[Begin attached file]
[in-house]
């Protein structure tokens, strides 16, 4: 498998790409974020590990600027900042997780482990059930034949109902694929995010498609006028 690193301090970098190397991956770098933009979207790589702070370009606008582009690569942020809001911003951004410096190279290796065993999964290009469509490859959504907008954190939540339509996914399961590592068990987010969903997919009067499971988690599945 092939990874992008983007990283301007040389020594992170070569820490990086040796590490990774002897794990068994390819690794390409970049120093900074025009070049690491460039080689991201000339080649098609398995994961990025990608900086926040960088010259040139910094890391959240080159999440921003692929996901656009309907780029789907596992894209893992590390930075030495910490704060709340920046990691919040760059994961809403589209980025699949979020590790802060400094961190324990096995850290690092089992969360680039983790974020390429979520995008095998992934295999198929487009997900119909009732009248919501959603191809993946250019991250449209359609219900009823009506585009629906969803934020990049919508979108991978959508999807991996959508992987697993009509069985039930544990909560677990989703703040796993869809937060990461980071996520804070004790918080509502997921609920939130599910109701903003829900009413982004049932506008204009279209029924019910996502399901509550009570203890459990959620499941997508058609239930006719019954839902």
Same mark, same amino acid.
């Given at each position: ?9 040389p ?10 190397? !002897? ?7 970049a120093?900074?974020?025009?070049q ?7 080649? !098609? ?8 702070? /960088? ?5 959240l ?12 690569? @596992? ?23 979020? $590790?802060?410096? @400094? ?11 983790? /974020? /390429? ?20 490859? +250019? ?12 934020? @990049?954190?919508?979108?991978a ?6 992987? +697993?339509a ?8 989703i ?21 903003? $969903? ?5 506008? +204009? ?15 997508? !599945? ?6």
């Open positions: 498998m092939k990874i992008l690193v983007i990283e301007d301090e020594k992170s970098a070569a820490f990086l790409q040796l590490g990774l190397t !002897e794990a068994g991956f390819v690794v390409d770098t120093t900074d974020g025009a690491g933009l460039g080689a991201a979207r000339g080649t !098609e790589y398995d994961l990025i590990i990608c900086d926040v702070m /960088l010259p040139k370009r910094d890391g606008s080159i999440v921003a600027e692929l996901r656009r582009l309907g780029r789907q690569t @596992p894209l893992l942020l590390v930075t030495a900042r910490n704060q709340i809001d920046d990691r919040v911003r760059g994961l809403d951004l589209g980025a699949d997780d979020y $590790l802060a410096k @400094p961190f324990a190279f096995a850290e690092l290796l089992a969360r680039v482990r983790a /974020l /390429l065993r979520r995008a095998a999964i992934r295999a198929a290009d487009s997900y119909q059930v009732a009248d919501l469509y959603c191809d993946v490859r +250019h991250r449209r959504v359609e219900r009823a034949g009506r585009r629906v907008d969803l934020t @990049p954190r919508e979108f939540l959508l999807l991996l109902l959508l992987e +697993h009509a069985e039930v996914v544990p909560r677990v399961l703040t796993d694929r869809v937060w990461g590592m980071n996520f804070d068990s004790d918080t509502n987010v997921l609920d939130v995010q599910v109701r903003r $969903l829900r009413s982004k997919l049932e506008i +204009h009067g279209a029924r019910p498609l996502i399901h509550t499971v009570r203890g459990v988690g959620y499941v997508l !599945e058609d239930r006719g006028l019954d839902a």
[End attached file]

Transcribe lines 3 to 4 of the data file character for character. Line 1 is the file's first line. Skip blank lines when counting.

Same mark, same amino acid.
């Given at each position: ?9 040389p ?10 190397? !002897? ?7 970049a120093?900074?974020?025009?070049q ?7 080649? !098609? ?8 702070? /960088? ?5 959240l ?12 690569? @596992? ?23 979020? $590790?802060?410096? @400094? ?11 983790? /974020? /390429? ?20 490859? +250019? ?12 934020? @990049?954190?919508?979108?991978a ?6 992987? +697993?339509a ?8 989703i ?21 903003? $969903? ?5 506008? +204009? ?15 997508? !599945? ?6």